A paper-thin coating of an innovative NASA material used to prevent space
vehicles from burning up during planetary reentry may soon be available to
protect your house, car and boat from fire.

Protective Ceramic Coating (PCC), invented at NASA’s Ames Research Center,
Moffett Field, CA, in the heart of Silicon Valley, repels heat from
virtually any surface it covers. This allows it to shield ceramics, wood,
steel, plastics and fiberglass from high temperatures. Wessex, Inc., based
in Blacksburg, VA, has licensed the coating from Ames and will continue to
develop and market the material.

“PCC has a unique property that enables it to radiate thermal energy during
exposure to elevated temperatures,” said Ames scientist Rex Churchward, the
inventor of PCC. “The coating helps the material reject heat from its
surface and thus decreases the amount of heat that can be transferred to
the underlying insulation.”

NASA originally invented PCC as a protective coating for spacecraft heat
shields to allow them to withstand the extreme fiery conditions experienced
during Earth reentry. The material’s ceramic components exhibit the
property of high emissivity, which means the material tends to radiate
heat. This allows the protective coating to reflect heat away from the
surface it covers, thereby increasing the capability of materials to
withstand temperature levels far beyond their normal range.

“Wessex has performed extensive research to maximize the product’s fitness
for use in various applications,” said company president John Olver. “We
have discovered that 99 percent of the materials in PCC will not burn;
therefore, the coating inhibits the spread of flame. It also reduces heat
transfer to the underlying material, which prevents combustion.”

“PCC can withstand temperatures from minus 250 degrees Fahrenheit up to
3,000 degrees Fahrenheit without damage,” added Olver. “It is a great
material with unlimited potential.”

In the future, PCC may serve as heat protection for car and boat engines,
as well as various building materials, making these modes of transportation
and environments more fire-resistant and safer for the consumer. The PCC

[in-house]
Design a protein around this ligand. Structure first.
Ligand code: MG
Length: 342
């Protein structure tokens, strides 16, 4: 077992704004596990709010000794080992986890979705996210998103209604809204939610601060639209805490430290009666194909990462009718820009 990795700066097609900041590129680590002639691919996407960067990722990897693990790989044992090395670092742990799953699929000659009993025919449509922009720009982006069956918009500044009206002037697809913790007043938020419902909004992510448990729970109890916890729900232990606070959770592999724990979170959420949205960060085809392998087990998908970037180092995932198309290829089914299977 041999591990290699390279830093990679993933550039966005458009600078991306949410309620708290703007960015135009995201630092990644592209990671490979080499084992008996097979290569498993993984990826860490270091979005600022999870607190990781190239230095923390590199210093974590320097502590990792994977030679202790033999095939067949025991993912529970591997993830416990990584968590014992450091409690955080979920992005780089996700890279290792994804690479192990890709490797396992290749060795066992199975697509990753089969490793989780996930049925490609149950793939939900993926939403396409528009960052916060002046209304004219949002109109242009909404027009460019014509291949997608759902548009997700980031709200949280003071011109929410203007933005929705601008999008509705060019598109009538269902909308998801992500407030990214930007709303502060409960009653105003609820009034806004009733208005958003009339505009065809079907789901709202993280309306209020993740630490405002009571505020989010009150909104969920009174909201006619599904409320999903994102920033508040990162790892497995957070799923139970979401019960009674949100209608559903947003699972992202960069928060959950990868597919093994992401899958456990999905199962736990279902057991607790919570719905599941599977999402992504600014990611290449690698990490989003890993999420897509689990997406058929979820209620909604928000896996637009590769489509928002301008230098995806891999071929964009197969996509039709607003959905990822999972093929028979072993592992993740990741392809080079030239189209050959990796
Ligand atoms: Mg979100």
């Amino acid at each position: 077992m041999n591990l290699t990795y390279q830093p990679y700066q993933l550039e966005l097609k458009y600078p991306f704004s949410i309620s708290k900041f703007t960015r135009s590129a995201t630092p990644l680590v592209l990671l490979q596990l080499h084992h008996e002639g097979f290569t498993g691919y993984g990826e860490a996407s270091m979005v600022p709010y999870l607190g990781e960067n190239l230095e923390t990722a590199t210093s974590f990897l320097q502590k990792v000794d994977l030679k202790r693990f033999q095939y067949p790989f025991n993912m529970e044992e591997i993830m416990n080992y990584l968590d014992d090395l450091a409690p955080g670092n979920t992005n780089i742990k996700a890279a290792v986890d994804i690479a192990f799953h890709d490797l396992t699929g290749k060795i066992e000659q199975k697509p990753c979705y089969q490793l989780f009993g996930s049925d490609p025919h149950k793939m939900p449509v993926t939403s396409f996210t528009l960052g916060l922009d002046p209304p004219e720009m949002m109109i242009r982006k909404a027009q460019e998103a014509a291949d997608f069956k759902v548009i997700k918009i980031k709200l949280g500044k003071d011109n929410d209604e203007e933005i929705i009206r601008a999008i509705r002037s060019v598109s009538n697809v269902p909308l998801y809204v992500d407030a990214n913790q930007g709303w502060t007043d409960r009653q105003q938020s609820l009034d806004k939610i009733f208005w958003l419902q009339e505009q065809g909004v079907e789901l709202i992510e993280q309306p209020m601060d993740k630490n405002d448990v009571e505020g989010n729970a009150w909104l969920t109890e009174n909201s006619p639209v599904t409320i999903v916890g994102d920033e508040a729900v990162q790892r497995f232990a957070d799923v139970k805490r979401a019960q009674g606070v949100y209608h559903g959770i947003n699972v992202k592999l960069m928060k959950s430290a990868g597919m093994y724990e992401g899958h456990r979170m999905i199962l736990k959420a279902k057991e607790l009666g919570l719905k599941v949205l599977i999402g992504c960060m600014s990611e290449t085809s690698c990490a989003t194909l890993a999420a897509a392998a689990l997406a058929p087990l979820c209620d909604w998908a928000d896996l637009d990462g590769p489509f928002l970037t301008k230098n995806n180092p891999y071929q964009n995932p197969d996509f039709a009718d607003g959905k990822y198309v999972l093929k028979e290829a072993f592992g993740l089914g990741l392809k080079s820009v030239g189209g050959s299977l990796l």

product is readily manufactured and easily applied to a variety of

“The advantage of the coating is that it can be applied by brush or by
spray gun and then air dried,” added Churchward. “It is fairly easy to
prepare and can be applied to large or small sections of insulation.”

This successful transfer of PCC demonstrates how NASA’s Commercial
Technology Offices perform their mission of maximizing NASA’s research
efforts. NASA reaches out to the business community in a way that leverages
the agency’s resources with those of the private sector. The objective is
to stimulate job growth and increase the competitiveness of American
products in the global marketplace.

“The American taxpayer’s investment is paying off when products like PCC
are spun out and become commercially viable, meeting a real need in the US
marketplace,” said Phil Herlth of the Ames Commercial Technology Office.

To read about NASA Commercial Technology Opportunities on the Internet, visit:


Note to Broadcasters: A video file to support this release is being
distributed today, April 24, via NASA Television. The video file will air
at 3 p.m. (EST) with replay on April 25 at 12 p.m. NASA Television is
broadcast on GE-2, transponder 9C, C-Band, located at 85 degrees West
longitude. The frequency is 3880.0 MHz. Polarization is vertical and
audio is monaural at 6.8 MHz. Updates to the video file schedule are on
the Internet at http://www.nasa.gov/ntv/